Virtual Reality With Webcam

Couple summers ago I saw a cool hack where a sensor, placed on the TV, detected where the emitter, placed in the glasses, was, and based on that information adjusted viewpoint of the 3D scene displayed on the TV.

Cool, right? And all you needed were these two simple devices and the right software.

Well, why use two if you can use only one? 😀

There is already a sensor mounted on your laptop screen, called a webcam, and if you’ve ever tagged someone on Facebook, you know face recognition is a real thing. That means your computer can literally “see” where you are if you teach it how to look.

It took me a couple of days to bang things up and have a proof that this is possible to achieve. It then collected dust on my hard drive for a year or two until I woke up a couple days ago with an idea how to tweak it to make it representable.

How it works

I used OpenCV library to detect faces and their location in the image webcam sees. Then I picked the closest, the biggest one, and did all the calculations with it. OpenGL is responsible for rendering the 3D image, and Qt (cute) is putty that binds them together, handling all the events and window management.

Several things influence the right viewpoint for the 3D scene:

  1. Size of the scene you’re viewing
  2. Angle you’re viewing the scene from
  3. Distance from the scene

Those things depend on:

  1. Size of the screen
  2. Distance from the screen
  3. Distance from the camera
  4. Your camera lens width
  5. Angle you’re looking the screen at

For real-life application, things can be simplified. With webcam attached to your display/laptop, distance to screen and distance to camera are very similar and oriented in the same direction.

For the demonstration, I simplified things further. Distance from the screen, for the lack of stereo vision, can be estimated.
Since I’m doing this on a laptop screen, on a table, I decided that length of 1 in OpenGL was about 1dm (decimetre), or about the size of a coffee mug. Distance from the camera and from the screen is roughly 6dm.

I had no choice with the webcam lens width and I couldn’t find any info about it online but this was enough to run the prototype and guestimate other parameters.

Position of your eyes in the image defines the x and y axis coordinates of the 3D scene viewpoint and depends on the lens width. Wider lens will have more coverage (left, right, up and down) than the more narrower lens, meaning that your face won’t appear in the same place on both cameras, even though they have the same resolution. Parameters should be adjusted accordingly.

Z axis represents the distance from the scene. You know how when you get closer to your window, the more of outside you can see?
Now imagine your screen being a window into a virtual world. It would have to do the same. That’s possible to adjust with the OpenGL camera angle. I tried to estimate distance from the screen based on the face surface size in the image. Unfortunatly, with my webcam, that proved too volatile for smooth experience. So I just used fixed distance of 6dm. This can be improved with stereo vision in the future.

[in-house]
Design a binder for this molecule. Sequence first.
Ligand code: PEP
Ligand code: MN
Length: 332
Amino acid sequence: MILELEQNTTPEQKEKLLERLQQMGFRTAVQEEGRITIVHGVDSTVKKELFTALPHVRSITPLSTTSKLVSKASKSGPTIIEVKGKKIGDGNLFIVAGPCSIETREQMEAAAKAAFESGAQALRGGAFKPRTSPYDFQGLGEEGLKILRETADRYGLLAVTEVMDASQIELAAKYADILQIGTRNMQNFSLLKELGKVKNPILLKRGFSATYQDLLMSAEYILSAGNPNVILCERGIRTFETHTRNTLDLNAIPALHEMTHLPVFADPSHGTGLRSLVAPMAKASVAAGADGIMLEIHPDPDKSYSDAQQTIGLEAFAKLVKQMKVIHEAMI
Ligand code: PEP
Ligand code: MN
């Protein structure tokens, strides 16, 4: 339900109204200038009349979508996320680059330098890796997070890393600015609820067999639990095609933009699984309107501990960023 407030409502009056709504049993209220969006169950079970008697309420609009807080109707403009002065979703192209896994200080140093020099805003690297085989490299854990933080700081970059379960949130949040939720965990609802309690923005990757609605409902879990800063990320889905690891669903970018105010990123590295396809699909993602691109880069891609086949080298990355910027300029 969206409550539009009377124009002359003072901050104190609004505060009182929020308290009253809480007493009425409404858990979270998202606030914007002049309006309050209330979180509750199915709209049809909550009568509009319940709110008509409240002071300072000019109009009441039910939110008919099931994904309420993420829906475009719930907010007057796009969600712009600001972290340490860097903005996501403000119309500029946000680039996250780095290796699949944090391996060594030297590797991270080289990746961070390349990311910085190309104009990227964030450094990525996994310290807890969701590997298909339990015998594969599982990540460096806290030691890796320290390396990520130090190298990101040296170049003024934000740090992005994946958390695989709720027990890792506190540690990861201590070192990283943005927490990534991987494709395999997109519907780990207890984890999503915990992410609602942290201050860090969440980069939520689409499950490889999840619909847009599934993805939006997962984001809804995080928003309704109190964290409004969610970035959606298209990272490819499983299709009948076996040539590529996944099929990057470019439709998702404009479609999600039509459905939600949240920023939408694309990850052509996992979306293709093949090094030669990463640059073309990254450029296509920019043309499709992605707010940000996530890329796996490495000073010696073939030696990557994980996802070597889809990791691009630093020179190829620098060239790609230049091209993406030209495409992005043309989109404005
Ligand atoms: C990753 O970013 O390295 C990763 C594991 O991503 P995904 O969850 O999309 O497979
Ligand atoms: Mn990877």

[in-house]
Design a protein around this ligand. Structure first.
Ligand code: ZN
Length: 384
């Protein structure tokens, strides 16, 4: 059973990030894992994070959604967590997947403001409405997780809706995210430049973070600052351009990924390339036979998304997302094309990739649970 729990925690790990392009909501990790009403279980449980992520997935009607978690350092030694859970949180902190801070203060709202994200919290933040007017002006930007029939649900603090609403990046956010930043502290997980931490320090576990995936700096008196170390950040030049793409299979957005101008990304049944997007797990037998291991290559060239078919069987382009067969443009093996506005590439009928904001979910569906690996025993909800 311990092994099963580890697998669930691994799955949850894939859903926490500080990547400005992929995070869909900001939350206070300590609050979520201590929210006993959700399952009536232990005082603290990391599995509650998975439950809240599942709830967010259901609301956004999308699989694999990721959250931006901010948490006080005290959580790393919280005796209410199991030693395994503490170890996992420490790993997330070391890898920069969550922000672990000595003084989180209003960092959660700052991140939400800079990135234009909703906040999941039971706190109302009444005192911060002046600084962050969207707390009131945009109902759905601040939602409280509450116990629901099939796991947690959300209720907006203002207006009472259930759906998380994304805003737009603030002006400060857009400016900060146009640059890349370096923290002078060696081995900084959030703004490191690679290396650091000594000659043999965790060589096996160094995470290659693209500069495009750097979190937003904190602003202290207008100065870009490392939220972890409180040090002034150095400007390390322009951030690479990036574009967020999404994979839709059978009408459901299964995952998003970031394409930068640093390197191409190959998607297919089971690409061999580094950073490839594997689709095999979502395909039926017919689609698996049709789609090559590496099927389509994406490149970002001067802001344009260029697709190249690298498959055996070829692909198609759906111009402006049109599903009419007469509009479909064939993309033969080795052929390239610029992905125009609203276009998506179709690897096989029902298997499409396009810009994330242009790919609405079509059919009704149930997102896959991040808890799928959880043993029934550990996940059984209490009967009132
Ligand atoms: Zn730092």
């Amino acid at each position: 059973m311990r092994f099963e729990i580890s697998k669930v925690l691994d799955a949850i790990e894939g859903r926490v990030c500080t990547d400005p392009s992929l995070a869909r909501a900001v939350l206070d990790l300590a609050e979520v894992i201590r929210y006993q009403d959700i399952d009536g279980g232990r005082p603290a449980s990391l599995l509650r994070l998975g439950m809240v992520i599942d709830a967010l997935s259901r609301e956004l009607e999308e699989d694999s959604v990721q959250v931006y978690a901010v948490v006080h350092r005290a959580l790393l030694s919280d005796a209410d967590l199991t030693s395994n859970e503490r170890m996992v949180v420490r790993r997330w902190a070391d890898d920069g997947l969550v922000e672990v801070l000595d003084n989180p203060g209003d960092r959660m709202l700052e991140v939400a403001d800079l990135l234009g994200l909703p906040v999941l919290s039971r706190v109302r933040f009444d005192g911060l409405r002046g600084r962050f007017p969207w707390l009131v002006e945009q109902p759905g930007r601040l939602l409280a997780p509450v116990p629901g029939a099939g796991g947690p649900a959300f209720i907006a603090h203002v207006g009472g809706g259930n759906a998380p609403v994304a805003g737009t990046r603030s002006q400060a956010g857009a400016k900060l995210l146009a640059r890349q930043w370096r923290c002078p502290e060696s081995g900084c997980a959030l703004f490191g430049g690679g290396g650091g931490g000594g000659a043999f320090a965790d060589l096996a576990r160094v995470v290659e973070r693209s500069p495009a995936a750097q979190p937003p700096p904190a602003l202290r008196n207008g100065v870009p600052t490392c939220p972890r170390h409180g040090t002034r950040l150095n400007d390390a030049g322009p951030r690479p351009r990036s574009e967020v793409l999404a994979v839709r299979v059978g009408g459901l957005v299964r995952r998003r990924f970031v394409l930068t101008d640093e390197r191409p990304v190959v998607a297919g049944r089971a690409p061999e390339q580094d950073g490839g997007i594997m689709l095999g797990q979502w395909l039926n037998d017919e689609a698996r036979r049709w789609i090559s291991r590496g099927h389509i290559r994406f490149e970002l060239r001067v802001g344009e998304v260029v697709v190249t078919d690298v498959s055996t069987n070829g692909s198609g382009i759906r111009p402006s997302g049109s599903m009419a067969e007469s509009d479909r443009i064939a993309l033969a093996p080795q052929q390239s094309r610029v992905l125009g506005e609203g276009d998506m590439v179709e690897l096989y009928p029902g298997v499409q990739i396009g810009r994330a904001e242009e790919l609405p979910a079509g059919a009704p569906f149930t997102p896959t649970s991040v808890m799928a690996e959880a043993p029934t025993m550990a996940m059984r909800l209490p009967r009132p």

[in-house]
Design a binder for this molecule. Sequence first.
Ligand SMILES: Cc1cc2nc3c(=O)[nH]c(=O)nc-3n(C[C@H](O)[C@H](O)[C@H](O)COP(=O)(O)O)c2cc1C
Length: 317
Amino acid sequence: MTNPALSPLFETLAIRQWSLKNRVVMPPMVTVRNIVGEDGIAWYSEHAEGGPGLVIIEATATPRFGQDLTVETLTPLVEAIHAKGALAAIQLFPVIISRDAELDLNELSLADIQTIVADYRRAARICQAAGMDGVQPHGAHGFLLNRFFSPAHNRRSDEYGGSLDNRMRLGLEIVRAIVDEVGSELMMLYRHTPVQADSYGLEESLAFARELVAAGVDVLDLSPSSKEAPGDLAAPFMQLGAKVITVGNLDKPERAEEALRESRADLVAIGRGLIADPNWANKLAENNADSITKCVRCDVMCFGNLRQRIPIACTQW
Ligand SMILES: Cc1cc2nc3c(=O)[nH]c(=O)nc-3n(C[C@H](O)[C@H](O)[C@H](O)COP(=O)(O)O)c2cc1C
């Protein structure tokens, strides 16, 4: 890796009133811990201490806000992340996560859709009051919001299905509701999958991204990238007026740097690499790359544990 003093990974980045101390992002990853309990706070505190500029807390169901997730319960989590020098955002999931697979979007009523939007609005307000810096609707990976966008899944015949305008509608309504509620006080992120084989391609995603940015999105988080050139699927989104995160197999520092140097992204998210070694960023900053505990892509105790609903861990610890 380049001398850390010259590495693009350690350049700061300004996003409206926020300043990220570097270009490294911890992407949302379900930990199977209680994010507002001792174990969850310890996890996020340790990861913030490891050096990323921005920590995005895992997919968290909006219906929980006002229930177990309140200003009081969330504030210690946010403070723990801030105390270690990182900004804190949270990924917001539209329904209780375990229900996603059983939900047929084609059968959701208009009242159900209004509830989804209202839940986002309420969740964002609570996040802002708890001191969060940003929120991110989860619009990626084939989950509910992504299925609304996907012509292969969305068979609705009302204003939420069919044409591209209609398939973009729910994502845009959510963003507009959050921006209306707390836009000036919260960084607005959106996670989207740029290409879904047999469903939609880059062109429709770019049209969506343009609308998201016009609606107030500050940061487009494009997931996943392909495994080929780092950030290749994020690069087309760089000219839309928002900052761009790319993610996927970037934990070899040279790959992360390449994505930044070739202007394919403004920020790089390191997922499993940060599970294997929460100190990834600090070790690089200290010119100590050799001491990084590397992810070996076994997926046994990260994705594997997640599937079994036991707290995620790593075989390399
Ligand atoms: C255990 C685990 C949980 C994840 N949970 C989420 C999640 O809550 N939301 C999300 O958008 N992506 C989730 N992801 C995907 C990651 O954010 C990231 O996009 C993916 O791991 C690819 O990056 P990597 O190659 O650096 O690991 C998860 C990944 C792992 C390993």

First scene in the video is with laptop screen tilted to 45° angle and viewed from slightly above. I had to adjust the viewpoint manually since program is not aware of the angle. If gyroscope-like sensor was embedded in it like in most tablets and phones, it could have been done automatically.

Second scene is from the angle you would normally look your screen at.

Third scene is a screen capture of the program output with camera output overlaid on the bottom left. Blue rectangle marks the location where the face was detected. If you watch carefully, you can see how a false positive was briefly detected on my shirt. That’s why it pays to always pick the biggest detected face in the scene. Also, you can play-fight who will the program pick with a person sitting next to you 😀

Possible improvements and future work

Let’s start by saying that face detection can be CPU intensive. Especially when you do it 60 times a second. We can get that load off to GPU, and in fact OpenCV supports that kind of operation. Unfortunately for me, driver for my GPU doesn’t. Proprietary driver does, but doesn’t support extending my screen to second display. Guess which one I prefer 🙂

Another obvious solution is putting more interesting graphics inside that virtual reality window. I know boxes aren’t very interesting to look at. What would you like to see instead?

Since all the code is cross platform, it’s fairly easy feasible to port it to your phone or tablet. Putting that selfie camera to a good use, what would you do with this technology in your phone?

Technology limitations and possible improvements

I already mentioned the lack of depth adjustments to the image. Because we use a single camera, it’s hard to know the distance of the viewpoint. Using a higher resolution webcam might make guestimating smoother. Adding a second camera and calibrating them, it is possible to extract that information from the scene and adjust the viewpoint and virtual camera lens width.

Talking about stereo image, we humans naturally have two eyes, see stereo, and sense depth. It’s hard to fool your mind into thinking this 2D image is 3D unless you cover one eye 😀
That said, 3D video is here and you’ve probably experienced it. It is possible to produce a 3D video for the 3D TVs by rendering the 3D scene twice with a slight tilt of the viewpoint. To go even further, instead of detecting just face, it’s possible to detect eyes and use their individual locations in the stereo image.

That would bring your gaming experience to the next level, plus ducking when things are flying your way would actually make sense. 😀

What would you do with it? How could this technology help you?

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